Snapcase 2nd drop is a toughie man, not much to go on. Make sure it's fully in time, got to have it locked so maybe use a tune with a longer more dj friendly intro to give you some time. If you then make sure you eq the treble down on snapcase so if it comes in slightly out the drum clashes won't sound massively harsh to the ear. Hope that helps mate, there some tunes that we all struggle with cos they are difficult to do, there are times when I'm sure every dj sits and prays that a tough double drop will land perfectly, just practice practice.
 

Olllie

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#12
I learned the concept through Virtual DJ. Then got decks and did lots of shit mixes before they started getting better.

Also learning to "ride the pitch" helps a lot.
 
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D-Jhepz

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#13
how you guy getting to cue point when you have no cue's like on vinyl or cdjs with no usb... is there an easy way or just remember where and wen and practise??
 
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#14
how you guy getting to cue point when you have no cue's like on vinyl or cdjs with no usb... is there an easy way or just remember where and wen and practise??
Know your tunes. Play the track over and over, counting bars for the intro and breakdown. There is no easy way, straight hard graft for that one ;)
 

prettyherb

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how you guy getting to cue point when you have no cue's like on vinyl or cdjs with no usb... is there an easy way or just remember where and wen and practise??
Know your tunes mate. When ur bored, just listen to the tunes you mix often and pay attention to when the drop comes, where there are fake drops, where there are parts without bass or without drums, when vocals kick in,...
With all that you can tease alot when mixing and playing more with the elements of the tracks. Much more enjoyable when listening to a mix than when it's just 'mixed' get it :)?
 

D-Jhepz

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#16
thats wat i do anyway but i was wondering if there is an easy/better way.. like when wanting to mix the 2nd drop of one to the 1st of another i gotta fast forward and get to the point/find the drum in about 16 bars and its hecty
 

Dubsta

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#17
Theres no science to it mate......as said get to know the tunes......personally the type of tracks your talking about i leave alone unless its a really good tune in which case i'd only use it for my intro track or to play from the top. Of course i wouldnt take a chance whilst playing out with tracks like them.....Radio yes, but whilst live best move on to something less risky.....unless your confident enough to drop it.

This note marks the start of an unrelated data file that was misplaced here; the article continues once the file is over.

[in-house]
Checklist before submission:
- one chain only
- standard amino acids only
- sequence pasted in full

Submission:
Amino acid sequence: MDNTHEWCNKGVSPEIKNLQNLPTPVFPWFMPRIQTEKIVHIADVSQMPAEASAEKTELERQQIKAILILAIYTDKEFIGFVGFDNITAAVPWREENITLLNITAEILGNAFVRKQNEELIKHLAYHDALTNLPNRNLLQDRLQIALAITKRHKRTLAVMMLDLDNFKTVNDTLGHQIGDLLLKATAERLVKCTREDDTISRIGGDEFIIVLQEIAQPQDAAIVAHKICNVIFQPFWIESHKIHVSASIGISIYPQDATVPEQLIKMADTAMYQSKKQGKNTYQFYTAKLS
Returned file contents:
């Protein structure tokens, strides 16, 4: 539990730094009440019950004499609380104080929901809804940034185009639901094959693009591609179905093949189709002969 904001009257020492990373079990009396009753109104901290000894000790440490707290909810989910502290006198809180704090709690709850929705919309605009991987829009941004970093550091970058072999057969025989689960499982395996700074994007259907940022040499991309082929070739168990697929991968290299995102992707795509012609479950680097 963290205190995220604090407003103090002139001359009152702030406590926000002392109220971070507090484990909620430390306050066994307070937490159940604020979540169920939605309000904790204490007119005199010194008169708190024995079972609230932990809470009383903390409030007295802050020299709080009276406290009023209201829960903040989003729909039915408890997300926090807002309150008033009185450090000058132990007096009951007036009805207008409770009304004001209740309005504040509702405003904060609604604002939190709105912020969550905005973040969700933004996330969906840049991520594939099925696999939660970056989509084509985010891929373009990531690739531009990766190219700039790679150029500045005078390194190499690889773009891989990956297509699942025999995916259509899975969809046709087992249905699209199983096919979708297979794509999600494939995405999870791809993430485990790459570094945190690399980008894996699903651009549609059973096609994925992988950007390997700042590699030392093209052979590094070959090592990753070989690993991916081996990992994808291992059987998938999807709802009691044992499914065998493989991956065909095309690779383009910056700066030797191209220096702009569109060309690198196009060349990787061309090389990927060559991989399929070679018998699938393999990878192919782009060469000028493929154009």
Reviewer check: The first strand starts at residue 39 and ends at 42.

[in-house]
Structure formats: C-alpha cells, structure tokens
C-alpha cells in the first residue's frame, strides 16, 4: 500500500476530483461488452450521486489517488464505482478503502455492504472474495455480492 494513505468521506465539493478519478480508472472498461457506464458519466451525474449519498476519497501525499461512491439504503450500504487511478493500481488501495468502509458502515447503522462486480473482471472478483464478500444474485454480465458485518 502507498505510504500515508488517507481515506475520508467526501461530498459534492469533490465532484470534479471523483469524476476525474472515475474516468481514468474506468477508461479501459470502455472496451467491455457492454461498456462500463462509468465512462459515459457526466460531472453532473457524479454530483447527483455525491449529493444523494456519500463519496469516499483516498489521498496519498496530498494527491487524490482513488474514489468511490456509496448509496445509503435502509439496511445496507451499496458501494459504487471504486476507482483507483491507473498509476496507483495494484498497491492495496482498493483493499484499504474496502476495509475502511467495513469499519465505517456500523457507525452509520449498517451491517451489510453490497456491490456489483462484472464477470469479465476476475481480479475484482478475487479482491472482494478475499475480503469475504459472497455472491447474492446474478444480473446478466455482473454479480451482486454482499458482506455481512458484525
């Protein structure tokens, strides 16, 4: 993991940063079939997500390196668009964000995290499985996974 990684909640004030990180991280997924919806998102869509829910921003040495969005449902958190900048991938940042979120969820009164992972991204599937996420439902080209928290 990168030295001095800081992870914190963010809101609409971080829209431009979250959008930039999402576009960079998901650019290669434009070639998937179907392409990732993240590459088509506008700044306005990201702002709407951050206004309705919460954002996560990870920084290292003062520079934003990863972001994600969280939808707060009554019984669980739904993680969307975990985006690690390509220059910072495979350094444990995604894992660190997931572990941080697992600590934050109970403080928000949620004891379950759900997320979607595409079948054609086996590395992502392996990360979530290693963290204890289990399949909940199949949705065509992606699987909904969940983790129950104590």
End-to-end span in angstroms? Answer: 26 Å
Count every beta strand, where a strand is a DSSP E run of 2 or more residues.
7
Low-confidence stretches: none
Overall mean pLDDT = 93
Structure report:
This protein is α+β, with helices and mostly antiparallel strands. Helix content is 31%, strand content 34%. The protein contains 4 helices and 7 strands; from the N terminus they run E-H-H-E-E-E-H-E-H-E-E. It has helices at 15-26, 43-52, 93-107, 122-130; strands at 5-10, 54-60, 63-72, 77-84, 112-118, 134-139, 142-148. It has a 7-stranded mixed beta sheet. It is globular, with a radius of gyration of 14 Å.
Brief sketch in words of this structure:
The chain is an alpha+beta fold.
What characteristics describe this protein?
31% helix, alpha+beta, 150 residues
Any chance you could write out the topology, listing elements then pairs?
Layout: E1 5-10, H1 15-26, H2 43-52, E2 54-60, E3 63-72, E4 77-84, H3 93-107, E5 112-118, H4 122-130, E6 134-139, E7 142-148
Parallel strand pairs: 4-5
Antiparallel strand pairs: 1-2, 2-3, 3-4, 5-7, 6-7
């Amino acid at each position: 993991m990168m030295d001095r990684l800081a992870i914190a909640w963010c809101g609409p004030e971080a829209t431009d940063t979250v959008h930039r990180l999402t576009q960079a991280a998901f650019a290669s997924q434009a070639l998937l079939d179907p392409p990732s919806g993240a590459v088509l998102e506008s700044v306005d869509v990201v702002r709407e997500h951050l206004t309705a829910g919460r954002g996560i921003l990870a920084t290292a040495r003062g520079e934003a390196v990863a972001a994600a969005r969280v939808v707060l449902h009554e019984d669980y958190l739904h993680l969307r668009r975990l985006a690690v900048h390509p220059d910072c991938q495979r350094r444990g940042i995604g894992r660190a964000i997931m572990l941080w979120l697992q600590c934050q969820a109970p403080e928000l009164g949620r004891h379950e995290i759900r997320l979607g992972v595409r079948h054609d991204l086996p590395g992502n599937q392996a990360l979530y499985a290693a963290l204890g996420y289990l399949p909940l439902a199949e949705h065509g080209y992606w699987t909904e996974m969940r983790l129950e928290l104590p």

PhorceOfHabit

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#18
Murderation has some, like reeverbed echo-ish drums, but after a while they fade away, just the pads remain. I find it difficult imo :p
It's just practice mate. Eventually you'll get to a point when you can have it locked before those drums fade away. Even once they do in the breakdown you can use those atmos effects and stuff to keep it in. Get the tune locked with another one time (as in make sure it's fully locked during the first verse) then during the breakdown just listen and see how those atmos effect relate to the bars of the other tunes and work it out like that. Later on it will come as second nature.

Snapcase is a fairly hard breakdown but not impossible. Turn your headphones up, you can use not the actual pads but the predator kind of sounds behind them. Also if it's really proving too hard, use a tune with a long intro and have it already locked by the time snapcase breaks down then you can double drop them.
 

ScottyEightSix

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#19
99% of the time it may seem like there is nothing to use to get the tunes matched however, if you mix the track from the drop, get it beat matched perfectly then re-cue the track and try and mix from the intro, you may notice subtle changes to help you mix it from the intro next time.

It's also good to know the ruff bpm of the tune to help get the pitch fader in the rough possition before you begin to mix